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To find the truth in this story we were led to VA facilities in parts of California as there are no identifiers on the paperwork. From California we were sent to the office of Lynda Duncan, VA Health Administration Affairs Office in Washington D.C. who did not return calls. We later discovered it was written by unnamed VA staff in Northern California. A last minute call from VA officials stated that the questionnaire is being reviewed.
The names of those Veterans interviewed have been left out of this story as many are concerned that their benefits would be impacted if the VA discovered their names.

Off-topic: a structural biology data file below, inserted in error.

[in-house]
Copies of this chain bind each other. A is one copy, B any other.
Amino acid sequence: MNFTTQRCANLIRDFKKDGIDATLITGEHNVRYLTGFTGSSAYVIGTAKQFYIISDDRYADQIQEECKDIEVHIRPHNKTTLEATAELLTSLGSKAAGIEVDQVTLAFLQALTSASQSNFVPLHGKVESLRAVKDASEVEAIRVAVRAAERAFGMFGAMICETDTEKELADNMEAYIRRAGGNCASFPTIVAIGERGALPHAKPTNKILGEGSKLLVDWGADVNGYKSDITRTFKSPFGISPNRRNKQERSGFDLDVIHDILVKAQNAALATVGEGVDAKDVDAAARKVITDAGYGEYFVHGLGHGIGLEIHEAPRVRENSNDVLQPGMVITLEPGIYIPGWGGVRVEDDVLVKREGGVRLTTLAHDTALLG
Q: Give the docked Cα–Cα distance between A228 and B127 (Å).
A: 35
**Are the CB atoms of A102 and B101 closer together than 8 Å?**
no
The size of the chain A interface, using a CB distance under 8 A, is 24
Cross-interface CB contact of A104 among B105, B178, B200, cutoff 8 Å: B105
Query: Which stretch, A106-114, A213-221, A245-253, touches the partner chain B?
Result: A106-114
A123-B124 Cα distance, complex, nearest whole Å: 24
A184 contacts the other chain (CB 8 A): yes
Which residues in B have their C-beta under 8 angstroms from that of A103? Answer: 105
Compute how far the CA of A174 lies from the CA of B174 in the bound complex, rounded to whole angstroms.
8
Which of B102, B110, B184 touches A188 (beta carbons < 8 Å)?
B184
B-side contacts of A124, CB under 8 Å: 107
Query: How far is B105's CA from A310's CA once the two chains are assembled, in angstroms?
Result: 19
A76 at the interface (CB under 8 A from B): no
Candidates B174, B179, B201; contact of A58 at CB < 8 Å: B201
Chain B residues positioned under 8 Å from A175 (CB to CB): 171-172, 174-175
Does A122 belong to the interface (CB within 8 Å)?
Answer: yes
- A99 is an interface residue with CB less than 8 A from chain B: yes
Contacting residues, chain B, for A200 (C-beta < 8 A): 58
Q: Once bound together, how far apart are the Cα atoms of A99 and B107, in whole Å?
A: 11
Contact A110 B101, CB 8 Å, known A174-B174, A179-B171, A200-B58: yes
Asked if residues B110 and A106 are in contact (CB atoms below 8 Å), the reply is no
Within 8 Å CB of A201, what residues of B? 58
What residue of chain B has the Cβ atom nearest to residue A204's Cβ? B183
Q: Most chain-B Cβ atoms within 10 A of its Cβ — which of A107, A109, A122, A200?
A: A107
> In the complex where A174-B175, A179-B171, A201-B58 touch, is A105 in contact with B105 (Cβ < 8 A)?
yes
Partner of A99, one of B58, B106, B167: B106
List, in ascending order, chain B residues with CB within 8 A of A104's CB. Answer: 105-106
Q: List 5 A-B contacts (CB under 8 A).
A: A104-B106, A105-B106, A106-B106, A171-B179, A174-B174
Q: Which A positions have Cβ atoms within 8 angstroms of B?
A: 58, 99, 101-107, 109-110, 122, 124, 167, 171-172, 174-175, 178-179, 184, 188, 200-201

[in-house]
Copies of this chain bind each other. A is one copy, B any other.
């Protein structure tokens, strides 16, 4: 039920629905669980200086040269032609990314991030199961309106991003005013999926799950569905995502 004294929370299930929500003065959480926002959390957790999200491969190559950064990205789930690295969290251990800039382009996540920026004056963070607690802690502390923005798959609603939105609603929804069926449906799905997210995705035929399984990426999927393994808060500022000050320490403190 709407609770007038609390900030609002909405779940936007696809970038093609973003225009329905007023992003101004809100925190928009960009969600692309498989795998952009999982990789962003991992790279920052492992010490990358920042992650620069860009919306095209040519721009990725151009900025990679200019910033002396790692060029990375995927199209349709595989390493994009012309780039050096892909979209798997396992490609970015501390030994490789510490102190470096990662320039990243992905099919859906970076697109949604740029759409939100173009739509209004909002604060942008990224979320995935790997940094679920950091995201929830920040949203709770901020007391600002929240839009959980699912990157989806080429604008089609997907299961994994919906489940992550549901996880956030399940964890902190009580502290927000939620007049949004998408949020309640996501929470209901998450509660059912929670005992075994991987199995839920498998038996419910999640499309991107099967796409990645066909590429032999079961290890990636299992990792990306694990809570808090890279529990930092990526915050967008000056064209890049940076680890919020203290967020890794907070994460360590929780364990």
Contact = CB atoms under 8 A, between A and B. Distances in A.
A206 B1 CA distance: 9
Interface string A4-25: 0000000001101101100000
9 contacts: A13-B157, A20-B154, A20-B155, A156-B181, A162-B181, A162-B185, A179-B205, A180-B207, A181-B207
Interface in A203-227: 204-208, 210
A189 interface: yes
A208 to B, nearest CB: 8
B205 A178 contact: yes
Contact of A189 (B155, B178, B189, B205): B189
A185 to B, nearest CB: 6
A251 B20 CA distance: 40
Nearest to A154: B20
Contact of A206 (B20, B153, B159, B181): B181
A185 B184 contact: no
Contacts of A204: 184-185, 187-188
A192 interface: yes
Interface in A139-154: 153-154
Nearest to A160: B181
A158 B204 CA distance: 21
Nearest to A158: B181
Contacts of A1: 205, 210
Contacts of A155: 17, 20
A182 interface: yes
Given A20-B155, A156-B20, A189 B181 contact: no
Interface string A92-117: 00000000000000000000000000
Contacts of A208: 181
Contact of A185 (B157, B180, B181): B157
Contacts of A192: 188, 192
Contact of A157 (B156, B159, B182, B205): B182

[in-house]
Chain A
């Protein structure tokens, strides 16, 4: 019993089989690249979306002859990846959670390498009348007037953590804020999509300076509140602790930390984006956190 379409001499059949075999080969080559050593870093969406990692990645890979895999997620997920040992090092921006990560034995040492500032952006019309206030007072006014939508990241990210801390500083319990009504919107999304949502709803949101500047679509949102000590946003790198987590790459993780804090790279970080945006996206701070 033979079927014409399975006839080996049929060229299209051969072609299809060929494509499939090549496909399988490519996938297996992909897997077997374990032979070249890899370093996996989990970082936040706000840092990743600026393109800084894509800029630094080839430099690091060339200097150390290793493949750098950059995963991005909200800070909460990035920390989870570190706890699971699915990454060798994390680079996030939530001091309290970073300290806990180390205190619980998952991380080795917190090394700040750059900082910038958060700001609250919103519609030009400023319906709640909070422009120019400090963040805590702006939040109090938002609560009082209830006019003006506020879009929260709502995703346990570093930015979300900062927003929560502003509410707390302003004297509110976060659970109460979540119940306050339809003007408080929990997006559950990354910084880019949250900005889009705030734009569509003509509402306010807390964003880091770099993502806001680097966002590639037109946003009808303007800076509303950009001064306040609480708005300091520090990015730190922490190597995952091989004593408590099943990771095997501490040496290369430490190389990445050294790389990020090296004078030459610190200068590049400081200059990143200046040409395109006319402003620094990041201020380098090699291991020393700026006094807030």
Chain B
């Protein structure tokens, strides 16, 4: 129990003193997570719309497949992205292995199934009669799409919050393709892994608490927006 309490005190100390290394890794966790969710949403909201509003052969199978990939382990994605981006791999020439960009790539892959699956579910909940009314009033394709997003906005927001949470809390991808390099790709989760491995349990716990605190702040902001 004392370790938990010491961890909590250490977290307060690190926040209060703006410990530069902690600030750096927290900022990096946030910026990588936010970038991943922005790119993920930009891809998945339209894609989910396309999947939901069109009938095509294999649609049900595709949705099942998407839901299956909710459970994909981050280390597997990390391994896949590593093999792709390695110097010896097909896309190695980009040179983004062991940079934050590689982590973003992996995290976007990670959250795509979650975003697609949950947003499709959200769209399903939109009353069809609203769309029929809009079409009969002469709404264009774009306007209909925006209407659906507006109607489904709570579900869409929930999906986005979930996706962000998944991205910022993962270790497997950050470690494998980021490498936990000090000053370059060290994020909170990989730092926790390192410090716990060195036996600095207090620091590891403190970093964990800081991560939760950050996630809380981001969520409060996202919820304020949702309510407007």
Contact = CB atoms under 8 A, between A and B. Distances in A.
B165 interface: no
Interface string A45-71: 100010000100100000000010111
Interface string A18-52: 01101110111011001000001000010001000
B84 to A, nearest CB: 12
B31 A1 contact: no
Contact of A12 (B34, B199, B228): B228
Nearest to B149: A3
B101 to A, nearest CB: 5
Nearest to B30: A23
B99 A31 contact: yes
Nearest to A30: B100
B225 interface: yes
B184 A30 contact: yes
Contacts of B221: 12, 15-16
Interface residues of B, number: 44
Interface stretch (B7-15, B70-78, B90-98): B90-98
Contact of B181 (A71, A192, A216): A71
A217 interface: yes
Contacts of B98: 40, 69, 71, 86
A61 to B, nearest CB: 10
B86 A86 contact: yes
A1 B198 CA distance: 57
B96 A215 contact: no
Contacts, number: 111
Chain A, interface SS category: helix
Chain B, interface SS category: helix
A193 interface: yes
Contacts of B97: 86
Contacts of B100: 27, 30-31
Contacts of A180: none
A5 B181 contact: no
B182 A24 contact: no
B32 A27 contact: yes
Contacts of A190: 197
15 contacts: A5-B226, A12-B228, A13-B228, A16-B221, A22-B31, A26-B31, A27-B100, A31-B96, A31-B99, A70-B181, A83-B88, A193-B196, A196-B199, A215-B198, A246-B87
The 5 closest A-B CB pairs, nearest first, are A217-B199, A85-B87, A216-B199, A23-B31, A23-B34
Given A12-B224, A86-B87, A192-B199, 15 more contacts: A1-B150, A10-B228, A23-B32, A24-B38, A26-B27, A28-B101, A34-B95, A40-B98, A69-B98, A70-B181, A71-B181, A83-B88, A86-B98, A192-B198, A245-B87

� 2012 Barry R. Clausen - All Rights Reserved
Mr. Clausen has been a guest on over 250 U.S. and Canadian radio talk shows and TV news shows including ABC, CBS, NBC and repeatedly on FOX News. He has been featured or quoted in over 800 books, magazines and news articles including the San Francisco Chronicle, Washington Post, Vancouver Province, Canada’s B.C. Report, New York Times, Newsday, Seattle Times, Oregonian, Sacramento Bee, Christian Science Monitor, The Dallas Morning News and a lengthy article beginning on the front page of the Wall Street Journal.
Mr. Clausen’s information has been translated and used by publications in many foreign countries including Japan, Ireland, England, Turkey, Germany, France and Chile. In 1994, a film crew from Danish TV-2 flew to Seattle to interview Mr. Clausen for a television documentary about international and U.S. extremist organizations. The documentary, A MAN IN THE RAINBOW, was subsequently aired in several European countries.
His latest book "Burning Rage - The Growing Anger Within My Country," will be updated and available on Amazon.com early this spring.